“All the research shows the younger that they start, the better off they’ll be … it will be easier for them to pick up other languages later,” she said, noting that Julia, 5, speaks Japanese almost fluently.

Philosophical differences

Some off-base child-care programs also can provide a formal preschool education some parents say their kids would miss in base child-care centers.

Sasebo Naval Base spouse Renee Penn sent her daughter to Japanese kindergarten at age 3 because “she was bored to death” at the base CDC, she said.

Parents such as Sherri Light, a Misawa civilian employee, chose an American-run off-base day-care center for her two daughters in part because she wanted them in a more structured learning environment.

Light said she was told because CDC providers are not “certified teachers, they cannot teach, whereas off base they don’t have to follow those rules.”

Defense Department child development centers promote learning through developmental, age-appropriate play and activities, said Iwakuni’s Woolman.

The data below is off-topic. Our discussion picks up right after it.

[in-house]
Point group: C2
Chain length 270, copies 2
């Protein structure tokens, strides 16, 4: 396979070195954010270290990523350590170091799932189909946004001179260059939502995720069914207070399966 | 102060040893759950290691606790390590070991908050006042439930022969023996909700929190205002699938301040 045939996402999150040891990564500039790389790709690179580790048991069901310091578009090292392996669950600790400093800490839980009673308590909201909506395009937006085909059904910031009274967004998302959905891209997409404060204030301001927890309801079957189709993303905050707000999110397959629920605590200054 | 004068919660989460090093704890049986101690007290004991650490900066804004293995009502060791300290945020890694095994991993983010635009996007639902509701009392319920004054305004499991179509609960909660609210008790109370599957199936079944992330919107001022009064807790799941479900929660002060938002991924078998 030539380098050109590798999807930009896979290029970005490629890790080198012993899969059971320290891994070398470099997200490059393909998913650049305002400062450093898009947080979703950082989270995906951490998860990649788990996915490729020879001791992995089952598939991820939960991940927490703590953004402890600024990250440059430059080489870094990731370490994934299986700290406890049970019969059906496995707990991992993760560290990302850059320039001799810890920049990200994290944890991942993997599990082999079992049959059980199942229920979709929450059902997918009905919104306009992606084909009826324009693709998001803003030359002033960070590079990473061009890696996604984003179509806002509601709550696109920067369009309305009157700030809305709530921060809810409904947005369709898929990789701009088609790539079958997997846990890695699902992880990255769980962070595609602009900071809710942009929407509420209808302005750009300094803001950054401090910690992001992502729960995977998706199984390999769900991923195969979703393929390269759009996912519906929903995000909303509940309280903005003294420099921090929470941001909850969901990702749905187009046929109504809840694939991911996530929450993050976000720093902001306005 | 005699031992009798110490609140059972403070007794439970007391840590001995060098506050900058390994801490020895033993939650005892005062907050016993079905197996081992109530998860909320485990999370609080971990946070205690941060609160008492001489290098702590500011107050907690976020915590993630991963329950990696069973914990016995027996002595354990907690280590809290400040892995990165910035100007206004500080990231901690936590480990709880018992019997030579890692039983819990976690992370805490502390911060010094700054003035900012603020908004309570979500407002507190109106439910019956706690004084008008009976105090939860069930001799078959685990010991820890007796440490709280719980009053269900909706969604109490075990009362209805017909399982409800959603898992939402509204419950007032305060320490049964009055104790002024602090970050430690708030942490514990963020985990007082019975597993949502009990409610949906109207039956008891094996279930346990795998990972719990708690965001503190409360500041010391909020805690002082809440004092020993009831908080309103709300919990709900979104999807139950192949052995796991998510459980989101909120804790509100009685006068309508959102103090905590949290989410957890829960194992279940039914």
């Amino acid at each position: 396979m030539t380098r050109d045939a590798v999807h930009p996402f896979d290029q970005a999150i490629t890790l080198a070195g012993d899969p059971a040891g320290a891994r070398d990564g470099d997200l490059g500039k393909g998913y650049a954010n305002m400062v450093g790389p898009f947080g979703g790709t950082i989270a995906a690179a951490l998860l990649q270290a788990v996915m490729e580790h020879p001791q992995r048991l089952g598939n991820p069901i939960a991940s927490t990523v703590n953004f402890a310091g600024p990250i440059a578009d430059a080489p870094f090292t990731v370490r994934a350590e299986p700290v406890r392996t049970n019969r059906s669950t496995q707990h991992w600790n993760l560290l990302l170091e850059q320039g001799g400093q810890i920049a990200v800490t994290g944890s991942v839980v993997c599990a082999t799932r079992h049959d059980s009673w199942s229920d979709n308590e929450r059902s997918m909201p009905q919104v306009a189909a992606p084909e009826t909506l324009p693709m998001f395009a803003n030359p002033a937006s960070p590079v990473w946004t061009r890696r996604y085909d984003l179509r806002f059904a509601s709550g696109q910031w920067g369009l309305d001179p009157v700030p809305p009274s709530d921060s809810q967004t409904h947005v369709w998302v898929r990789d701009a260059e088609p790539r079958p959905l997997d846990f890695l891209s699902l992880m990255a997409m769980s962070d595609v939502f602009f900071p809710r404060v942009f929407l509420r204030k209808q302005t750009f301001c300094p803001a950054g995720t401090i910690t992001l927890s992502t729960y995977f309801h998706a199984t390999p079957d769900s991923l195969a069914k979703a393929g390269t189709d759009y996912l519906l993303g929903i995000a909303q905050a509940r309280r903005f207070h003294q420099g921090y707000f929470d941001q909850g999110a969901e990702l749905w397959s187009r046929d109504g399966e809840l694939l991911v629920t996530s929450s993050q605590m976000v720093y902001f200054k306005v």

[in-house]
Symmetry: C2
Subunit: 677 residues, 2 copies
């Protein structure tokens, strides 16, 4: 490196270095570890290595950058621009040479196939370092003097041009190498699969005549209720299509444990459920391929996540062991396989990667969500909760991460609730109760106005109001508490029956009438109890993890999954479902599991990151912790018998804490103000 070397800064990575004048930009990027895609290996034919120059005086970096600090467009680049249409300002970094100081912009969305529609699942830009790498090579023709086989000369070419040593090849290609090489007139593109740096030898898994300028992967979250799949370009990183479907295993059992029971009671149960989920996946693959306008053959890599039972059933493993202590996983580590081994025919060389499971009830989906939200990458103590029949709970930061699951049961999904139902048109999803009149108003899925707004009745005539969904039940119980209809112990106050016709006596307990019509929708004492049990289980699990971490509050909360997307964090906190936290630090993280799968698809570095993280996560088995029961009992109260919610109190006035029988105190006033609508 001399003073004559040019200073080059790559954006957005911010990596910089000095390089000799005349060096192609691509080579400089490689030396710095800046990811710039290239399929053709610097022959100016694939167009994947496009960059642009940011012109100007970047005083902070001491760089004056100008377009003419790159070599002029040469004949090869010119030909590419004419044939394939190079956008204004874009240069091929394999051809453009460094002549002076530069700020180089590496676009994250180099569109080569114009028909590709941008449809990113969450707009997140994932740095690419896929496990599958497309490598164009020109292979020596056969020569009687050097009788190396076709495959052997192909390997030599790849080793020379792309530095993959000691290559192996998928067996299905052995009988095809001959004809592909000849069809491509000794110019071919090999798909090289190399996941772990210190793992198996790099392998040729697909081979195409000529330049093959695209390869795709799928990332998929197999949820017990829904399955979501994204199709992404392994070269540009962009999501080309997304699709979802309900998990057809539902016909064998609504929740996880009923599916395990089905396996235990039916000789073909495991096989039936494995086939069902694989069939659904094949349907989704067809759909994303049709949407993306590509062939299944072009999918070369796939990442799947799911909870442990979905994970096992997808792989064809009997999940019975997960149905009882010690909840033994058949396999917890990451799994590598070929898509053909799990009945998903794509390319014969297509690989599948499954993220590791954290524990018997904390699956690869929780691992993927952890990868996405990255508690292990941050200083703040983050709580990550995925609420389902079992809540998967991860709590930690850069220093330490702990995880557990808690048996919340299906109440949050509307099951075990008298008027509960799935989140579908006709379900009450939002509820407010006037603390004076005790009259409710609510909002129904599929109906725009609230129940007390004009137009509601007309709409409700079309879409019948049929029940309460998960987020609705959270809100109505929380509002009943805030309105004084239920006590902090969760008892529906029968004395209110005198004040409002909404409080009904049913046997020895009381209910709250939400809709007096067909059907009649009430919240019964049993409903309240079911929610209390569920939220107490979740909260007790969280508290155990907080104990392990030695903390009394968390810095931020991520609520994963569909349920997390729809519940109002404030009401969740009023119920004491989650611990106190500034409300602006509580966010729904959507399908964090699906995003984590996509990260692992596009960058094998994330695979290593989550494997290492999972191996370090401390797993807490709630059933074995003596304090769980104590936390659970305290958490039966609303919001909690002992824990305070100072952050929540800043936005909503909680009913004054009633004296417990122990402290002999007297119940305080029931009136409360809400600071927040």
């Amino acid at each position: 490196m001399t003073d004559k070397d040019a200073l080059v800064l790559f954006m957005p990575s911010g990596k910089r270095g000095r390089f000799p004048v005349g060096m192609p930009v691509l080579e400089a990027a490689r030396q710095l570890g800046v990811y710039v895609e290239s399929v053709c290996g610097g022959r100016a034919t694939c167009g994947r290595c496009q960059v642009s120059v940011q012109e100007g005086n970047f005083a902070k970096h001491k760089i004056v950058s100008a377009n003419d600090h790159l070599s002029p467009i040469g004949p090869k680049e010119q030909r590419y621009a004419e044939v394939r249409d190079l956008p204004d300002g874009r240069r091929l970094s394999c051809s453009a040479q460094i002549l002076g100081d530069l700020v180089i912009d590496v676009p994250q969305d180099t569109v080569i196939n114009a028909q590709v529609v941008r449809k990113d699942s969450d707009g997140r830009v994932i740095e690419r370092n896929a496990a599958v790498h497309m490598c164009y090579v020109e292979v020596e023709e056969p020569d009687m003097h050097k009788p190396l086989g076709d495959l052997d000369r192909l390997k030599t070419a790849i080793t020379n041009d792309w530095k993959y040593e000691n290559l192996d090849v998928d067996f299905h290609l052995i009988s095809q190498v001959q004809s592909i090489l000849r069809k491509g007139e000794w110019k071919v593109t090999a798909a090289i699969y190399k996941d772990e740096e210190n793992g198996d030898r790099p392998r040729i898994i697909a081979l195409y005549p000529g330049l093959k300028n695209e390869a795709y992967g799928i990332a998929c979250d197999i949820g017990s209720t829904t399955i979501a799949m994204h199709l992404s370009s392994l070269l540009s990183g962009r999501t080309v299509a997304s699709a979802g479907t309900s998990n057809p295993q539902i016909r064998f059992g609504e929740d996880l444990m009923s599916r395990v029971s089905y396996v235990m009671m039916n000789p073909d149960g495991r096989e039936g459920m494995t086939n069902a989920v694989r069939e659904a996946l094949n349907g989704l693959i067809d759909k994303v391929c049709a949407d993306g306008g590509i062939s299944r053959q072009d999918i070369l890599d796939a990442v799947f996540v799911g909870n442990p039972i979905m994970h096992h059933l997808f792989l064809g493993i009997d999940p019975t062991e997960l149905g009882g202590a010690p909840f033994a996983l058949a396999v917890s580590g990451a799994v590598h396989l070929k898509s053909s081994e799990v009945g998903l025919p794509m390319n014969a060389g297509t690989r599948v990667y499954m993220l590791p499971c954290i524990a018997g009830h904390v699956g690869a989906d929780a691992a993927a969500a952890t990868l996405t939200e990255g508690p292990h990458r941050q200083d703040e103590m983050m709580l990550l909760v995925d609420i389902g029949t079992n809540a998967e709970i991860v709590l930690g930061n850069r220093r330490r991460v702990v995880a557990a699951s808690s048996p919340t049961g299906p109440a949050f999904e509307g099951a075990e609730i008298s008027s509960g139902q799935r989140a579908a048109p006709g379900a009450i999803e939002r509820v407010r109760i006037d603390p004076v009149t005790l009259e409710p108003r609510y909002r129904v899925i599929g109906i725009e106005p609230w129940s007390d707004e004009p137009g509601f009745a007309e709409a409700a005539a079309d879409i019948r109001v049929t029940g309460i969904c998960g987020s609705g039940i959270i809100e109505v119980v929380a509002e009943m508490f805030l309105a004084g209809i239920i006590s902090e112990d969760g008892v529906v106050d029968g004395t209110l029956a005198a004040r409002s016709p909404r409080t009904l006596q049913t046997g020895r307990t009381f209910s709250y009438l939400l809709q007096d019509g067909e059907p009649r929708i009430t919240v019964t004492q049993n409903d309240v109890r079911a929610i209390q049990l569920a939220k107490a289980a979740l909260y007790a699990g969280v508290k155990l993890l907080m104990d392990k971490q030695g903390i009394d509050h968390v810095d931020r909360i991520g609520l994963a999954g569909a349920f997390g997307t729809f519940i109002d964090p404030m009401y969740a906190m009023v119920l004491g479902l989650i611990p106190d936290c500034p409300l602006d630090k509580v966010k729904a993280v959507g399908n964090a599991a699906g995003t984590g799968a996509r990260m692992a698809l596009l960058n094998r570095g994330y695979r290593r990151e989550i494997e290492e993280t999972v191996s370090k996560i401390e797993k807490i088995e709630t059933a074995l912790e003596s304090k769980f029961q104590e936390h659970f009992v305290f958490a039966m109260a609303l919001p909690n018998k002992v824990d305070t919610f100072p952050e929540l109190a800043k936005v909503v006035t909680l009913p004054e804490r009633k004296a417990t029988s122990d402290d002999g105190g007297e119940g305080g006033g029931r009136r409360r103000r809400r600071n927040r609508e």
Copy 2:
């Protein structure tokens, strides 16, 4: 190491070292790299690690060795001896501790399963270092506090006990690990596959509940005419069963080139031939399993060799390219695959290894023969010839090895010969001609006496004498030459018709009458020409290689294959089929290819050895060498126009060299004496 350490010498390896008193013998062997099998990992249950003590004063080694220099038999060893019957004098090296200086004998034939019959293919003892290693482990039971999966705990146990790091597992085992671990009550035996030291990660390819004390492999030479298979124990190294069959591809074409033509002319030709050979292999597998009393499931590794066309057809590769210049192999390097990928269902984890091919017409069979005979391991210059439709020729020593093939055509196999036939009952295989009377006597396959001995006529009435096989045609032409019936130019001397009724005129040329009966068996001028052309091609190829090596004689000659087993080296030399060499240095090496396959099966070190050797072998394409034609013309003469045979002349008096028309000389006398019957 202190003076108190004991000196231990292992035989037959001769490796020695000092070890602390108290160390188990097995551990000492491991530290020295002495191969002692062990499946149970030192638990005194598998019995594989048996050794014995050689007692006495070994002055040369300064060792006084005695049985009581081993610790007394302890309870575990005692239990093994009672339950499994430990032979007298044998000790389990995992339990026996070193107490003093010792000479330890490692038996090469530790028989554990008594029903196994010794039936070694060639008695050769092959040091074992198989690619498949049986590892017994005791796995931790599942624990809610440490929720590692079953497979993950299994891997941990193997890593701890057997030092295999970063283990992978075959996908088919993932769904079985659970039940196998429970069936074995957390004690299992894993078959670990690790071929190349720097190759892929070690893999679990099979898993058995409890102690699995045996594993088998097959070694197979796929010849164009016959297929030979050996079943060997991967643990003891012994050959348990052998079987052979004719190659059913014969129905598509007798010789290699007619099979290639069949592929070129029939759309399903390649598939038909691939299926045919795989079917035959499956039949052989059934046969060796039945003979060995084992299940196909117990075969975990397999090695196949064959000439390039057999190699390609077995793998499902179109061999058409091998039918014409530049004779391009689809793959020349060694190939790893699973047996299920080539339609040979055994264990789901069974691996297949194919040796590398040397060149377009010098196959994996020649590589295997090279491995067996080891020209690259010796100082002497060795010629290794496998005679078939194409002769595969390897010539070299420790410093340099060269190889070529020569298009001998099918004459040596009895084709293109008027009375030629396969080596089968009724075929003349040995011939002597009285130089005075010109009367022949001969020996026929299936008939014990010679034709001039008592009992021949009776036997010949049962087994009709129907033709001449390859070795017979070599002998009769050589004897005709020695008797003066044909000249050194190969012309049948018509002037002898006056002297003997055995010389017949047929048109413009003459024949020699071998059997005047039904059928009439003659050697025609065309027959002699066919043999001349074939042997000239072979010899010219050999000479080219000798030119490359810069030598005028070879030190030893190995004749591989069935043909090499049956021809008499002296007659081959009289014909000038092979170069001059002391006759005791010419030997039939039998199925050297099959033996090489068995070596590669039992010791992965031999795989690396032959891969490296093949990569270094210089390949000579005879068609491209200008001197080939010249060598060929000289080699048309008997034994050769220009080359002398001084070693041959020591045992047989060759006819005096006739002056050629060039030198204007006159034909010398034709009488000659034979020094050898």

“We’re not having them do the alphabet,” she said. “Studies and guidance that we get show that children don’t learn through rote learning like that — they learn through play.”

DOD child development centers are accredited by the National Association for the Education of Young Children, which states it promotes child-initiated, teacher-supported play as an essential component of developmentally appropriate practice.

Deborah VanNierop, a Misawa civilian employee and dependent spouse, has two children at the base’s Yoiko CDC: Ben, 1, and Amanda, 4.

It’s not, “‘Let’s sit down and write the alphabet today,’” she said; her children “learn a lot by being around other kids. … Really, that’s what kindergarten is for.… If I want her to work on her ABCs or her numbers, we do that at home.”